3.4. Assessing student learning.[1]

         The author of the discipline report notes many positive results in this year’s capstone students: 50 to 75 % of the students wrote well, showed good scholarly editing skills, gave good presentations, showed adequate knowledge of the field, and demonstrated an overall command of the material. On the downside, many of the papers would not be suitable for presentation at a top undergraduate research conference; many did not demonstrate proper methodological rigor, and had inadequate literature reviews as well as unclear or poorly developed hypotheses. The faculty judged that about half of the majors demonstrated readiness for graduate, professional or law school.

         3.5. Improving student learning.

         3.5.1. In the capstone course.

         Now that the capstone course has been fully implemented, and the faculty has gotten a comprehensive and detailed look through the course at learning among its majors, a dozen changes have been recommended for the capstone course and its assessment.[2] Some of the proposed changes are more or less mechanical in nature, but some are substantive: in the future the faculty will measure information literacy and the student’s ability to adequately contextualize the “fit” of their paper within the field; and there will be a greater emphasis throughout the curriculum on the differences between scholarly and non-scholarly sources.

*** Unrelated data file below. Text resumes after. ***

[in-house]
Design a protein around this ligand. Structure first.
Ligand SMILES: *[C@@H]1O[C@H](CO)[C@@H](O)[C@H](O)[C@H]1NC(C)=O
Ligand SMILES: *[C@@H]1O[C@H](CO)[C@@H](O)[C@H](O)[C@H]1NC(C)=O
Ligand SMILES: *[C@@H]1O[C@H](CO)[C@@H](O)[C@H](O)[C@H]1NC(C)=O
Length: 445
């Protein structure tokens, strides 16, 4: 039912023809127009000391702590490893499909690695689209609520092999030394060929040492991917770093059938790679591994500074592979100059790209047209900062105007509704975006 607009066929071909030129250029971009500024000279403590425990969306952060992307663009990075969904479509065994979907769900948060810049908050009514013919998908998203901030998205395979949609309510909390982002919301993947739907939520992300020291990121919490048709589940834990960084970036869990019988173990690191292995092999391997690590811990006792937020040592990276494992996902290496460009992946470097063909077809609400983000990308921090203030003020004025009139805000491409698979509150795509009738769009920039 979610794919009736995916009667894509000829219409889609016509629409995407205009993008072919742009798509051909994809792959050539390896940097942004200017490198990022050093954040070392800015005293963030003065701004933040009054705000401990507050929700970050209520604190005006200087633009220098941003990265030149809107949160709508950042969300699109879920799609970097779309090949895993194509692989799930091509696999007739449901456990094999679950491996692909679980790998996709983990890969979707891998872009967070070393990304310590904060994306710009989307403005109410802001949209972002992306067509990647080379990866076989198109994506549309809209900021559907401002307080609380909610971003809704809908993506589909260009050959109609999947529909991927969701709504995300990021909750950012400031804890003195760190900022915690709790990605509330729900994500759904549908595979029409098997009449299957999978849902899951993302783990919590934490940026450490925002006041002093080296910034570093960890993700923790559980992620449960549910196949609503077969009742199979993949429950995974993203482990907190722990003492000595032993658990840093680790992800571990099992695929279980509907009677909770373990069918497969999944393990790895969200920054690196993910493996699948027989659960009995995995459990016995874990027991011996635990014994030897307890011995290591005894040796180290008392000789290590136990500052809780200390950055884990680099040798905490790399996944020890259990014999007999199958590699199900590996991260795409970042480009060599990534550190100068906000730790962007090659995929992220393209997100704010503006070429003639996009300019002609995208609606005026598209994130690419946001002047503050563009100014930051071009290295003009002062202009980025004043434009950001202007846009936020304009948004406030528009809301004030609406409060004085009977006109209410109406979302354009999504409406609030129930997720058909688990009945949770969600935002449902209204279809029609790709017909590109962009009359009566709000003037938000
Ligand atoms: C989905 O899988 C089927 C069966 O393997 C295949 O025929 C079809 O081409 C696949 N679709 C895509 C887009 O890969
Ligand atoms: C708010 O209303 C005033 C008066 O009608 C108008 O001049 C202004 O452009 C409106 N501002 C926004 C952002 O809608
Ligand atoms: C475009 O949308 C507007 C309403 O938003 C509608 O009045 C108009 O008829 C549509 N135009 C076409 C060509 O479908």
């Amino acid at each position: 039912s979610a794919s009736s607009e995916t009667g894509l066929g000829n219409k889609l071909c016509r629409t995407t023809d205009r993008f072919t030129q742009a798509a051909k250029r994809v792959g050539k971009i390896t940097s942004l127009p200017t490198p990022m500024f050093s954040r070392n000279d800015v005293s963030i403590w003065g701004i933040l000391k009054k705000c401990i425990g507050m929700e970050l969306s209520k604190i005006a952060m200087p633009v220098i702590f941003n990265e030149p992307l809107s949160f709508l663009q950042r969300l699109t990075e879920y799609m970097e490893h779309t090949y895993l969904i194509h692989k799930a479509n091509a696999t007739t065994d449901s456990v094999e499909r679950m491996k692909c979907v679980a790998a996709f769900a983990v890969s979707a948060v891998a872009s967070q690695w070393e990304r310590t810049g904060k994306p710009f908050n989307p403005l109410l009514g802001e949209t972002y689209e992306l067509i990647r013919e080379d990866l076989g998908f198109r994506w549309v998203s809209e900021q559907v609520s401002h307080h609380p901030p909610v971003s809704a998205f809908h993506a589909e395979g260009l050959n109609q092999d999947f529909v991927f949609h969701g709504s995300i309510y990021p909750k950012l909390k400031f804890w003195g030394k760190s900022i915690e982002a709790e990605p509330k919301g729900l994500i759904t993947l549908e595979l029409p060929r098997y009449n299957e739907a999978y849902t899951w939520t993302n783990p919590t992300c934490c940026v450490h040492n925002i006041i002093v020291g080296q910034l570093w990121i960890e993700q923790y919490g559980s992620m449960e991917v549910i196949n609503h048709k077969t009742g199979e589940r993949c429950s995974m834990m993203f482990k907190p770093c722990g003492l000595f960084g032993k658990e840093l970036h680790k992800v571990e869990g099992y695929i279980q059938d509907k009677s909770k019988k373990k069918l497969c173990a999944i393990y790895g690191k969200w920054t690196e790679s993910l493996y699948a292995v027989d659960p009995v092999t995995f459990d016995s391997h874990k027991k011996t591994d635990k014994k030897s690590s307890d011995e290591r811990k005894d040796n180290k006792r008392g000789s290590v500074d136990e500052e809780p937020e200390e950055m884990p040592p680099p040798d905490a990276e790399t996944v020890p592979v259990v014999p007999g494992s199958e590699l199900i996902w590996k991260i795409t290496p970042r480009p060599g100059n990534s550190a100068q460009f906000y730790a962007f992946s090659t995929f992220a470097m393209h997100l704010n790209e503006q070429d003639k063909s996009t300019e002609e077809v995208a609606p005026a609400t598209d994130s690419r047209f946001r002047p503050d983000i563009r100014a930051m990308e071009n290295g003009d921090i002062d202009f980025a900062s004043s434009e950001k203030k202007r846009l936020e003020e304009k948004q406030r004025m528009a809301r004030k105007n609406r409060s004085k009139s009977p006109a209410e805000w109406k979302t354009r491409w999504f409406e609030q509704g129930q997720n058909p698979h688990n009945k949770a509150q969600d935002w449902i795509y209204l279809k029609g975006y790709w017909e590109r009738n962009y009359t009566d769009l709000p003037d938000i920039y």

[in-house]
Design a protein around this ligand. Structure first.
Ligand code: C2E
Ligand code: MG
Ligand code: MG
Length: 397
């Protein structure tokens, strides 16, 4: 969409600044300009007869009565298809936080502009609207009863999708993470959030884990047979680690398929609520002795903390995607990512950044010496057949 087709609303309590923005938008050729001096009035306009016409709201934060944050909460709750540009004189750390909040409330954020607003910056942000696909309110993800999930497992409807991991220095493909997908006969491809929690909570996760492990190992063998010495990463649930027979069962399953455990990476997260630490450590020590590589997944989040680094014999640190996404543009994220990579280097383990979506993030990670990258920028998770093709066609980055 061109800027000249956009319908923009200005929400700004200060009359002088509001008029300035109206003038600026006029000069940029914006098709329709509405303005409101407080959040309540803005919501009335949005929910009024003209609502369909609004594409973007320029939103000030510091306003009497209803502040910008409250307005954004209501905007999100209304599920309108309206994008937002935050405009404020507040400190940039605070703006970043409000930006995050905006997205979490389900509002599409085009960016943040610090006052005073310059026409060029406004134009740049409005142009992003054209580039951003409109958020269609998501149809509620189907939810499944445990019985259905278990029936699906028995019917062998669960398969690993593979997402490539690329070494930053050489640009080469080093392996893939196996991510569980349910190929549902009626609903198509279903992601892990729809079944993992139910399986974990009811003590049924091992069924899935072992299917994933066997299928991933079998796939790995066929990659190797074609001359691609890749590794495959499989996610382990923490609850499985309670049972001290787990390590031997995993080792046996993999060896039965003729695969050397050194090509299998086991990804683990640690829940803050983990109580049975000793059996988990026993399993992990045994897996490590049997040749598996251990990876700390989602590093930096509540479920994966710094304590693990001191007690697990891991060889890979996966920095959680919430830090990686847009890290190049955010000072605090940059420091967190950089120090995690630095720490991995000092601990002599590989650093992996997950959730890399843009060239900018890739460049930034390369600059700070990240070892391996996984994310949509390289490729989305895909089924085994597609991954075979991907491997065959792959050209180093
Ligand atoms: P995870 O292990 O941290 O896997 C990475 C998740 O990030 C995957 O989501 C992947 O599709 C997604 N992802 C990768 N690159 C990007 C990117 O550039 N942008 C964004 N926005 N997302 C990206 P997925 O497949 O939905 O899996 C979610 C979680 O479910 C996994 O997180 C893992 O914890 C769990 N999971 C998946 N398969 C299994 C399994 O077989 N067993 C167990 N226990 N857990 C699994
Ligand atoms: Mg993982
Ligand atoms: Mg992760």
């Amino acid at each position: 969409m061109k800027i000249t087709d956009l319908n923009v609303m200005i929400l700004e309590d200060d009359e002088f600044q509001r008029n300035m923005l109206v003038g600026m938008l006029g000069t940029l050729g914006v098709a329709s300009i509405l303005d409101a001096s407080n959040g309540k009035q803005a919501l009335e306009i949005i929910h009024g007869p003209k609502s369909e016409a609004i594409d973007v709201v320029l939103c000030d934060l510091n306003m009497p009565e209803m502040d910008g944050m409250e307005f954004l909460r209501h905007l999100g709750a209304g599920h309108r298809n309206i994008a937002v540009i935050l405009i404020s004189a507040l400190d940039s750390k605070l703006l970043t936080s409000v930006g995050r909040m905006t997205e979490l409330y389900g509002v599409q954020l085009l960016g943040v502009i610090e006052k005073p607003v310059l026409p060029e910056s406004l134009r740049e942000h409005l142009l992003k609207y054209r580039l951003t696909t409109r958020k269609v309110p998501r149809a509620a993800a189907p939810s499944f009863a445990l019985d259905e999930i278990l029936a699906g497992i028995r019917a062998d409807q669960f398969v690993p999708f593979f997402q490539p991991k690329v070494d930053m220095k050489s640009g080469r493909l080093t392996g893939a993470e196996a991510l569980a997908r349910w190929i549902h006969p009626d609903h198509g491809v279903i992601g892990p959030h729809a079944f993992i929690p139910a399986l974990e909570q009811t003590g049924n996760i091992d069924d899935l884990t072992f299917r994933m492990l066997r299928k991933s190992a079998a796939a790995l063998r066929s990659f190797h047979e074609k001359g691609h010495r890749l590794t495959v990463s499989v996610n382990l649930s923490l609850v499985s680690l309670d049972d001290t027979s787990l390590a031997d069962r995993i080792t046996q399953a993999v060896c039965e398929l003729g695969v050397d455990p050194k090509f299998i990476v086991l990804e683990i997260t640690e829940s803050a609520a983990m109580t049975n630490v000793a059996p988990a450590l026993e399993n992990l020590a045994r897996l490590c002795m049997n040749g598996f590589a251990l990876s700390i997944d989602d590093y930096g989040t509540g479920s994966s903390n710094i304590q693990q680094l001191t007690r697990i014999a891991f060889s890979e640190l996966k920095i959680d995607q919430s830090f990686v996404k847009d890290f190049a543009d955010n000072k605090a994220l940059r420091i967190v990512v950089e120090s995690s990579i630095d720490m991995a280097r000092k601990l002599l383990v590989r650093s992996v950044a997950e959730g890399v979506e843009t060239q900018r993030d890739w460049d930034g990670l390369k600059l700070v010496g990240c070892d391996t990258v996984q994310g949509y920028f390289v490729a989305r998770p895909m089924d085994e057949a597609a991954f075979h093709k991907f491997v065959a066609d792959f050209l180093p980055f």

3.5.2. In the program.

         Four changes have been proposed. One change, the need to offer International Relations Theory annually, is driven by the failure of several students in the capstone course to demonstrate an adequate theoretical understanding of the field. The faculty also recognizes the need for major changes in the political theory subfield because of the poor papers and presentations by the two political theory students in the capstone course.


         3.6. Student surveys.

         Tables 2-4 in the body of the discipline report give numerical summaries of student self-assessment of the degree to which they have met the three discipline learning objectives. Their written comments appear in Appendix B. Appendix A is the survey instrument itself.[3] The student surveys helped shape changes to the capstone course and the program.


General education categories spanned by the discipline


            Political Science courses bear one of the following general education designators: E/CR, ethical and civic responsibility; SS, human behavior, social processes, and institutions; Hum, communication, language, literature, and philosophy; HDiv, human diversity; IP, international perspective; or Hist, historical perspectives. Exceptions are directed study and field study in political science, which carry no general education designators.



[1] Table 1 of the discipline report in the appendices gives the numerical results for each criterion.

[2] See the discipline report for the full lists.

[3] These tables and appendices are in the discipline report in the appendix to this report.